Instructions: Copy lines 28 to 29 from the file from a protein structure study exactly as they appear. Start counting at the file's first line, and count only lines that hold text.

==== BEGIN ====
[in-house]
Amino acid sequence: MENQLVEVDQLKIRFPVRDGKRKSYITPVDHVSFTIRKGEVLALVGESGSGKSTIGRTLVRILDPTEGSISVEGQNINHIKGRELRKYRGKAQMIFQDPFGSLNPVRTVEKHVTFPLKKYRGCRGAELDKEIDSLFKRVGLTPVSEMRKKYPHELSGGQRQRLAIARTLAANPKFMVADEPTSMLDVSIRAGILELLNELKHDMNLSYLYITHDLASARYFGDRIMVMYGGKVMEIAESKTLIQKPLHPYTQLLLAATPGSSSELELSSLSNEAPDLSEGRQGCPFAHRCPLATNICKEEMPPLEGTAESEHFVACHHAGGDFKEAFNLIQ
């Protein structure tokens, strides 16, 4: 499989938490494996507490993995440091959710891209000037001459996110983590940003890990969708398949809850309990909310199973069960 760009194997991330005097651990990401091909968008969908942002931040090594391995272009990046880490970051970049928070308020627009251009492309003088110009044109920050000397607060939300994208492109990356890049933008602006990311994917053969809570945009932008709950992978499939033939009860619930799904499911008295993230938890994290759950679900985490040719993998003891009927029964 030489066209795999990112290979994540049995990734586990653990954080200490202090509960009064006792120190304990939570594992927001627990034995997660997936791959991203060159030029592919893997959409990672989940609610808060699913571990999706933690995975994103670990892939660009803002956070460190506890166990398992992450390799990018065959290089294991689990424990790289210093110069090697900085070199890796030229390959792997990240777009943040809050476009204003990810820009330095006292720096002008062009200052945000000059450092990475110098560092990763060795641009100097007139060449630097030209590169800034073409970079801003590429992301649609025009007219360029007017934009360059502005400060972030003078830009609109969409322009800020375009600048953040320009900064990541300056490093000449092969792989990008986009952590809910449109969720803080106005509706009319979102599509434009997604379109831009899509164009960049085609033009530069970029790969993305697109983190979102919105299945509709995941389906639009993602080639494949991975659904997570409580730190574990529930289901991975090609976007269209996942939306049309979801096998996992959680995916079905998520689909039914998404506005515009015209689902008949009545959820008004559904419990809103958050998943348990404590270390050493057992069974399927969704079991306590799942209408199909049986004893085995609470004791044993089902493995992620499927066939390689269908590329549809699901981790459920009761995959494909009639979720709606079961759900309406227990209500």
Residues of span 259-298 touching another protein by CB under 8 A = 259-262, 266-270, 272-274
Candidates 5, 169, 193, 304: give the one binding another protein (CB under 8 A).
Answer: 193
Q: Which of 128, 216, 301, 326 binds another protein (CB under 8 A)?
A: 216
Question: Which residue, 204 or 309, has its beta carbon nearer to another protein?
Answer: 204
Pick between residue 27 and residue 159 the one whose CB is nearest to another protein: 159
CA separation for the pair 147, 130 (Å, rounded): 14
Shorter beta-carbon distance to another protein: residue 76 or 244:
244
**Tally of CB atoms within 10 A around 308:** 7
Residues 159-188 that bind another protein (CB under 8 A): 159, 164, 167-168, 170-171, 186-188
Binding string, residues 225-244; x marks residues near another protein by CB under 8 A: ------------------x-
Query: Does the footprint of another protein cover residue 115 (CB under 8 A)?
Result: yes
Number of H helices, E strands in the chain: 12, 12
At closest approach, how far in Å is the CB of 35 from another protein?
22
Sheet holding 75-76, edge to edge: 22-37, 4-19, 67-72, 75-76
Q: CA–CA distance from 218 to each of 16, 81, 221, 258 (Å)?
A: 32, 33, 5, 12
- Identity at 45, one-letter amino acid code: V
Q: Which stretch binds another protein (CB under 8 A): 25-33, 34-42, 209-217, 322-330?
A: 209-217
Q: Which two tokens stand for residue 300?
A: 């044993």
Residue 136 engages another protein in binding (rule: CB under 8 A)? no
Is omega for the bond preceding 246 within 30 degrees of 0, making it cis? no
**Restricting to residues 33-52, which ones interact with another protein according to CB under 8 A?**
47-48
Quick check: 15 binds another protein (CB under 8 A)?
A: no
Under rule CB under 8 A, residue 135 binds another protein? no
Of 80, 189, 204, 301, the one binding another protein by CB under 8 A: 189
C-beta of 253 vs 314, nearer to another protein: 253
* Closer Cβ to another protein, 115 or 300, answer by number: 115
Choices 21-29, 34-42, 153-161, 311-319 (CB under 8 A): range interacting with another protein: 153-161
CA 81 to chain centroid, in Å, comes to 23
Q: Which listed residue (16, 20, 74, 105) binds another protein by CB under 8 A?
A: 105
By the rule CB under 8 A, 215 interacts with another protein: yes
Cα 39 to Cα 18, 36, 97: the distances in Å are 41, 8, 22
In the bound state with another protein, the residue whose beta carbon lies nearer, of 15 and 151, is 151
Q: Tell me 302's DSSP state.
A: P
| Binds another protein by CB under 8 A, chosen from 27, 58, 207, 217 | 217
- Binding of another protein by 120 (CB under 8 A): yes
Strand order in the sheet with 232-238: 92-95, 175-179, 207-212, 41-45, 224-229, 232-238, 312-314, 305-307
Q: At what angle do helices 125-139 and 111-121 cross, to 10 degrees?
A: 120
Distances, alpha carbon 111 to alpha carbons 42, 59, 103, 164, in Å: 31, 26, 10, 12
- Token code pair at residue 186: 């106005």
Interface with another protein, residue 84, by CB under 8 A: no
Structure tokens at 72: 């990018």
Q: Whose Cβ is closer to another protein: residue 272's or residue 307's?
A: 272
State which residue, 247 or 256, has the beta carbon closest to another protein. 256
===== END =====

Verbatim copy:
A: 209-217
Q: Which two tokens stand for residue 300?